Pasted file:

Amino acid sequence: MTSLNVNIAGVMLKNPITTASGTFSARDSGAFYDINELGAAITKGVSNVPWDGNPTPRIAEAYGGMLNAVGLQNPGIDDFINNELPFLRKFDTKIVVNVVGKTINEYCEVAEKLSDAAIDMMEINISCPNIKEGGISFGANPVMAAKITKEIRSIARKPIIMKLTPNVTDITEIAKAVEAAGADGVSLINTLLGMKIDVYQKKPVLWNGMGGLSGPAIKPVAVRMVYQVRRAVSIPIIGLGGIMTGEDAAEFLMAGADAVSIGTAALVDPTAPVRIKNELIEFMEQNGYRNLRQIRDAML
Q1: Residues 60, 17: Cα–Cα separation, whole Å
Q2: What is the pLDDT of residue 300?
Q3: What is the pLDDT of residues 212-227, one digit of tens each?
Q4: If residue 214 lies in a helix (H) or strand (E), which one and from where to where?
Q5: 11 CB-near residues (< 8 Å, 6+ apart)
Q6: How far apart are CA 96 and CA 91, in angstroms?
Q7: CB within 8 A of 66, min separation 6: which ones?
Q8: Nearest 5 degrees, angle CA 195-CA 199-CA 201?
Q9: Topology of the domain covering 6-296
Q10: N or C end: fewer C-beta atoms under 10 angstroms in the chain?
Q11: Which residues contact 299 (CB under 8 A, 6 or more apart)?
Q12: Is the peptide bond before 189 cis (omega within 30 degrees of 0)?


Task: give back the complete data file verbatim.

Amino acid sequence: MTSLNVNIAGVMLKNPITTASGTFSARDSGAFYDINELGAAITKGVSNVPWDGNPTPRIAEAYGGMLNAVGLQNPGIDDFINNELPFLRKFDTKIVVNVVGKTINEYCEVAEKLSDAAIDMMEINISCPNIKEGGISFGANPVMAAKITKEIRSIARKPIIMKLTPNVTDITEIAKAVEAAGADGVSLINTLLGMKIDVYQKKPVLWNGMGGLSGPAIKPVAVRMVYQVRRAVSIPIIGLGGIMTGEDAAEFLMAGADAVSIGTAALVDPTAPVRIKNELIEFMEQNGYRNLRQIRDAML
Q1: Residues 60, 17: Cα–Cα separation, whole Å
Q2: What is the pLDDT of residue 300?
Q3: What is the pLDDT of residues 212-227, one digit of tens each?
Q4: If residue 214 lies in a helix (H) or strand (E), which one and from where to where?
Q5: 11 CB-near residues (< 8 Å, 6+ apart)
Q6: How far apart are CA 96 and CA 91, in angstroms?
Q7: CB within 8 A of 66, min separation 6: which ones?
Q8: Nearest 5 degrees, angle CA 195-CA 199-CA 201?
Q9: Topology of the domain covering 6-296
Q10: N or C end: fewer C-beta atoms under 10 angstroms in the chain?
Q11: Which residues contact 299 (CB under 8 A, 6 or more apart)?
Q12: Is the peptide bond before 189 cis (omega within 30 degrees of 0)?